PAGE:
I thought about this today. The earthquake in Haiti is not a natural disaster; the disaster is the result of underdevelopment, poverty, and a complex series of political and economic decisions made by first world powers over the last 200 years. The earthquake has exposed Haiti's desperate poverty; it is underdevelopment that is a disaster.

If I was teaching kids right now, I'd find some way to communicate this fact to them. It feels urgent. It makes what has happened in Haiti something that the world is responsible for -- particularly the United States and France, Haiti's former colonizers. But you'd have to understand something about Haiti's history in order to understand why I'm saying that.

Service and Solidarity

I'd help students think about what they could do to help others -- what they can do right now to help Haitians, and what they might do one day to help others. I'm really big on the idea that everyone should contribute to the world, and I find that children are easily engaged with this notion. They want to be of service to people, or animals, or the environment. In my experience, kids really want opportunities to volunteer and help.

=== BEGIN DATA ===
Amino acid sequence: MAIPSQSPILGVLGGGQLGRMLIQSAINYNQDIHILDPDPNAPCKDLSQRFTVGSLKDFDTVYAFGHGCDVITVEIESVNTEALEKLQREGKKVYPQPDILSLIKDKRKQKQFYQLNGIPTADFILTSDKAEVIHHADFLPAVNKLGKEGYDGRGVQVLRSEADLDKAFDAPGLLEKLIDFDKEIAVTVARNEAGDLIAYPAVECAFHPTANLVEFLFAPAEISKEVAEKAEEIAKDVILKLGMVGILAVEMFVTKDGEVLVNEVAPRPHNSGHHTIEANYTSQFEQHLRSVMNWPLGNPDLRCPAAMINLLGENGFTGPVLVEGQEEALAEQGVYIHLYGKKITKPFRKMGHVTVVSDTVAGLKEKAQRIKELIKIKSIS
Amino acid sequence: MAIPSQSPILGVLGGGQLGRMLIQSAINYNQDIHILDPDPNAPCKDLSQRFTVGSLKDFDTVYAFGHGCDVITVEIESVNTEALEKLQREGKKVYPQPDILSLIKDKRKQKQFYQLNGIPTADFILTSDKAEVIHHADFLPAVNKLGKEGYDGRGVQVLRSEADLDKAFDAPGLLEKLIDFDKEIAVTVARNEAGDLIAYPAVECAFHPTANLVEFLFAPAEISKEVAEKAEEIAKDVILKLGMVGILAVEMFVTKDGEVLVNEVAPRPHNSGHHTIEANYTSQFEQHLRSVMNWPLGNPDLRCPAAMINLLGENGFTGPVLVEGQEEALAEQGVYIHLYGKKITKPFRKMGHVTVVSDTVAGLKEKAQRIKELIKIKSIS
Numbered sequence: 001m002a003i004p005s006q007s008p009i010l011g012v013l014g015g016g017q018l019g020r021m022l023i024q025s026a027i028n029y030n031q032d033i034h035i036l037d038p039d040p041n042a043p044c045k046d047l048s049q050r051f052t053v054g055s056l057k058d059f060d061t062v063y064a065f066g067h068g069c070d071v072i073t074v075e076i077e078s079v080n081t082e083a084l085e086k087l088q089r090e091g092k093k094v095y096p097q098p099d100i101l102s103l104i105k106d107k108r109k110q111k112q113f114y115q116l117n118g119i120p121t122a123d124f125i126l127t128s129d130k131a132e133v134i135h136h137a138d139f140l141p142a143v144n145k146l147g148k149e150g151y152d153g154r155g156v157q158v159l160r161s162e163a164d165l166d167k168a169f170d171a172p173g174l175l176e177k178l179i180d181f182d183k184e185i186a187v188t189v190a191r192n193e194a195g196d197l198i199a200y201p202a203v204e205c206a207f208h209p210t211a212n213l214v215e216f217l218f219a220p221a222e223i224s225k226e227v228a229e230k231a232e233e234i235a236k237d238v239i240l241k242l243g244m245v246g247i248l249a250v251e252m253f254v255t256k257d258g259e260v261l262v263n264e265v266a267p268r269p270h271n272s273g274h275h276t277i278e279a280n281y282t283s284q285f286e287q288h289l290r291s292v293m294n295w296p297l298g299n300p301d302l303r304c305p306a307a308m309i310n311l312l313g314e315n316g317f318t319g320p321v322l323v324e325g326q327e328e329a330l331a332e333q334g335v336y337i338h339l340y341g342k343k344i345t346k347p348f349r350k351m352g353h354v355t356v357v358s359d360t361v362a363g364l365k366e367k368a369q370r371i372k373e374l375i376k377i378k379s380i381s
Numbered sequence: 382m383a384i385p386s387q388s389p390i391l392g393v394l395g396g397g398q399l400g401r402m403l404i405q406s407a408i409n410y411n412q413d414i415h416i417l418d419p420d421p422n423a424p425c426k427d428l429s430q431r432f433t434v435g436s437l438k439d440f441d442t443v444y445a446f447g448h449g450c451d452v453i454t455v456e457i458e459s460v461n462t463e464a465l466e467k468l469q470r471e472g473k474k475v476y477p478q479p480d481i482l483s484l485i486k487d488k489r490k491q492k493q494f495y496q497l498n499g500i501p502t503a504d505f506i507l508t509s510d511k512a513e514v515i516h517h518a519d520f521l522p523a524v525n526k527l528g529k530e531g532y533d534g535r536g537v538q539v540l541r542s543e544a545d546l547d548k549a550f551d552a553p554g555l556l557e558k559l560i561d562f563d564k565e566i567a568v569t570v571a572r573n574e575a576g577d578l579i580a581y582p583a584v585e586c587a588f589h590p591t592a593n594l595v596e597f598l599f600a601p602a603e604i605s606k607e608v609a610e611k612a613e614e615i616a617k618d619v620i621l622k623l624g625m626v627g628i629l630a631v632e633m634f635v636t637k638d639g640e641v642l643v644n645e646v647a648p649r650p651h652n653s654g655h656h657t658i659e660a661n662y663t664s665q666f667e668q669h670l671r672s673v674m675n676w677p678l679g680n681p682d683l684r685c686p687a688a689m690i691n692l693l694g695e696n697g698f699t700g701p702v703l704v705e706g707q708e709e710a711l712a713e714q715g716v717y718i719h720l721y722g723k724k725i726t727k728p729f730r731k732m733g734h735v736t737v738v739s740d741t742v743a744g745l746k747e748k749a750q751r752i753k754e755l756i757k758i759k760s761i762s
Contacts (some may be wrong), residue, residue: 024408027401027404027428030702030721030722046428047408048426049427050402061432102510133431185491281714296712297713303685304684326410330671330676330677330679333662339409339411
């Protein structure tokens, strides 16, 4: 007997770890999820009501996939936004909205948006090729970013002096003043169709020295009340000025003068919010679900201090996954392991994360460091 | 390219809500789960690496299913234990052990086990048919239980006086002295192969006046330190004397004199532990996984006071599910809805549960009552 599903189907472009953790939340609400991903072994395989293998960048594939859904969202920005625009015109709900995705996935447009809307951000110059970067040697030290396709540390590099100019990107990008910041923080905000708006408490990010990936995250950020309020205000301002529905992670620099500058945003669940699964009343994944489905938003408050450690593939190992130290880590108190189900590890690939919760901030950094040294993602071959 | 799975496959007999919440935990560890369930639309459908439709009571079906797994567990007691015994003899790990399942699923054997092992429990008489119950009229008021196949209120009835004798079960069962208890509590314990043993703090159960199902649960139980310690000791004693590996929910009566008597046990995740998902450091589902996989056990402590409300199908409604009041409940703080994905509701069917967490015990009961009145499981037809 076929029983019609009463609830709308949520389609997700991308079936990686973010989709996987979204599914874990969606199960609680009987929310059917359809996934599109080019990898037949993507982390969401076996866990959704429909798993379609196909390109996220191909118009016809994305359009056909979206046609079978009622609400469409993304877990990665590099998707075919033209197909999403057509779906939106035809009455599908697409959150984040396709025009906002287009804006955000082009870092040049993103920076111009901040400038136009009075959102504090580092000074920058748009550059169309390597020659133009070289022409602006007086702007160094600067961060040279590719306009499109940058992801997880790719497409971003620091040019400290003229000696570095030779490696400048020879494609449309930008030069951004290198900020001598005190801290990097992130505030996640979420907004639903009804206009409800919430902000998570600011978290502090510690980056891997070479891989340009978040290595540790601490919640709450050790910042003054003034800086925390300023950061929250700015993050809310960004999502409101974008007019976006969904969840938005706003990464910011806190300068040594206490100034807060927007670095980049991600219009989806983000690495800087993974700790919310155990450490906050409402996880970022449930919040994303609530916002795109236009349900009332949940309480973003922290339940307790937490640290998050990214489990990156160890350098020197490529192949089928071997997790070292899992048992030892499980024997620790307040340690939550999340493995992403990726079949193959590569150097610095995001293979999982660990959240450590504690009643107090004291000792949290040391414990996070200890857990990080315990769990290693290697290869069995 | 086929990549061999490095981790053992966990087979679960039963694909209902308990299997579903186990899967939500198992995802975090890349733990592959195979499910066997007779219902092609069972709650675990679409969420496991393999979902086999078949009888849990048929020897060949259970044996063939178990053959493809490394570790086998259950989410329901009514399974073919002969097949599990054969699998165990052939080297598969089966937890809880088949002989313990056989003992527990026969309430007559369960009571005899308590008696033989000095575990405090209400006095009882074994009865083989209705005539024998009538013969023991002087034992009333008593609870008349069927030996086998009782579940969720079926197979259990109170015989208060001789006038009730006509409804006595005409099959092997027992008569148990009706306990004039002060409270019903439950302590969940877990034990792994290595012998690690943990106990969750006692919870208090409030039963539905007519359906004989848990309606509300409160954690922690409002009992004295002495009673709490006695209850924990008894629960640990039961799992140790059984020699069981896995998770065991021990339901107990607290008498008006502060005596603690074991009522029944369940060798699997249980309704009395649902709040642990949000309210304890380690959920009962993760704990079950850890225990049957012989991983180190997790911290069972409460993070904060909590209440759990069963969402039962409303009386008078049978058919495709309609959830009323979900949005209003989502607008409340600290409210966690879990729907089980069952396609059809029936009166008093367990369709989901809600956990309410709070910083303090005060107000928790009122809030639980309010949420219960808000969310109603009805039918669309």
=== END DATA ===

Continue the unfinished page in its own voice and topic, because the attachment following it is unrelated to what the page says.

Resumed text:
Perhaps in learning about the desperate need in Haiti right now for doctors or nurses, or for sniffer dogs or people who speak French or Creole, a child might be inspired to pursue a career that one day could lead them into a tragedy like this one to help others.

And so I'd use this situation to push this idea: We all belong to the same planet and have a responsibility to help each other. What can you do? What will you do?

I think I'd also push the idea of solidarity, a concept we should reclaim and resurrect: What can a group of kindergartners do in solidarity with the people of Haiti? What does it mean to be in solidarity with a group of people? What are the many ways we can show our solidarity?

It's really about building empathy, opening our hearts, and expanding our notion of who belongs in our community. As an educator, I often feel like this is my primary charge -- all I really aspire to do.